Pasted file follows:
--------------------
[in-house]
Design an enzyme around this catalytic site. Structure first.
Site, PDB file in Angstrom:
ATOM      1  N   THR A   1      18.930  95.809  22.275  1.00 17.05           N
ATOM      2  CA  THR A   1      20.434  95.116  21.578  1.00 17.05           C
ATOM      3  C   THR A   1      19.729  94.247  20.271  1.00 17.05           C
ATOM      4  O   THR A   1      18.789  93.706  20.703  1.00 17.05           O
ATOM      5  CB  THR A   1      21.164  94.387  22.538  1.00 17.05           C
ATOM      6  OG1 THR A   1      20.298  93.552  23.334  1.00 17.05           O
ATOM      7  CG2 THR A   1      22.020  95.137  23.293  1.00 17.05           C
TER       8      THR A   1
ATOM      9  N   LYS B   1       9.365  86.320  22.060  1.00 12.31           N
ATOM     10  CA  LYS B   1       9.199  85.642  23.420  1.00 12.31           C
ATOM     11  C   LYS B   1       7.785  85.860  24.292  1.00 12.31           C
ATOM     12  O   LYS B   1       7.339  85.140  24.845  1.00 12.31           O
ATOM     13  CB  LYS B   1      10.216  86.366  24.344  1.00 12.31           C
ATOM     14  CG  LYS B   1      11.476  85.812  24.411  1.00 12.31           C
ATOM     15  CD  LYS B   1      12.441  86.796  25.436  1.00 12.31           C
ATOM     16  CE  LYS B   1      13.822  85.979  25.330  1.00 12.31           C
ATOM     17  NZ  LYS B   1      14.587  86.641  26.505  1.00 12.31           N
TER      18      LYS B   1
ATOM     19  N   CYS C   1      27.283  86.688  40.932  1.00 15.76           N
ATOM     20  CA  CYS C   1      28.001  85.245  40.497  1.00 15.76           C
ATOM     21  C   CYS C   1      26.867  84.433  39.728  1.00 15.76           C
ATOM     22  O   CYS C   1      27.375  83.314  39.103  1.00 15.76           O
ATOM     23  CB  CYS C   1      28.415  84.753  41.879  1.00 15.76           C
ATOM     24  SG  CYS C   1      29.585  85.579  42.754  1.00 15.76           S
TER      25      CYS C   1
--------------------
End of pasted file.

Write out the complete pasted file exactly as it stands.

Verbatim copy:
[in-house]
Design an enzyme around this catalytic site. Structure first.
Site, PDB file in Angstrom:
ATOM      1  N   THR A   1      18.930  95.809  22.275  1.00 17.05           N
ATOM      2  CA  THR A   1      20.434  95.116  21.578  1.00 17.05           C
ATOM      3  C   THR A   1      19.729  94.247  20.271  1.00 17.05           C
ATOM      4  O   THR A   1      18.789  93.706  20.703  1.00 17.05           O
ATOM      5  CB  THR A   1      21.164  94.387  22.538  1.00 17.05           C
ATOM      6  OG1 THR A   1      20.298  93.552  23.334  1.00 17.05           O
ATOM      7  CG2 THR A   1      22.020  95.137  23.293  1.00 17.05           C
TER       8      THR A   1
ATOM      9  N   LYS B   1       9.365  86.320  22.060  1.00 12.31           N
ATOM     10  CA  LYS B   1       9.199  85.642  23.420  1.00 12.31           C
ATOM     11  C   LYS B   1       7.785  85.860  24.292  1.00 12.31           C
ATOM     12  O   LYS B   1       7.339  85.140  24.845  1.00 12.31           O
ATOM     13  CB  LYS B   1      10.216  86.366  24.344  1.00 12.31           C
ATOM     14  CG  LYS B   1      11.476  85.812  24.411  1.00 12.31           C
ATOM     15  CD  LYS B   1      12.441  86.796  25.436  1.00 12.31           C
ATOM     16  CE  LYS B   1      13.822  85.979  25.330  1.00 12.31           C
ATOM     17  NZ  LYS B   1      14.587  86.641  26.505  1.00 12.31           N
TER      18      LYS B   1
ATOM     19  N   CYS C   1      27.283  86.688  40.932  1.00 15.76           N
ATOM     20  CA  CYS C   1      28.001  85.245  40.497  1.00 15.76           C
ATOM     21  C   CYS C   1      26.867  84.433  39.728  1.00 15.76           C
ATOM     22  O   CYS C   1      27.375  83.314  39.103  1.00 15.76           O
ATOM     23  CB  CYS C   1      28.415  84.753  41.879  1.00 15.76           C
ATOM     24  SG  CYS C   1      29.585  85.579  42.754  1.00 15.76           S
TER      25      CYS C   1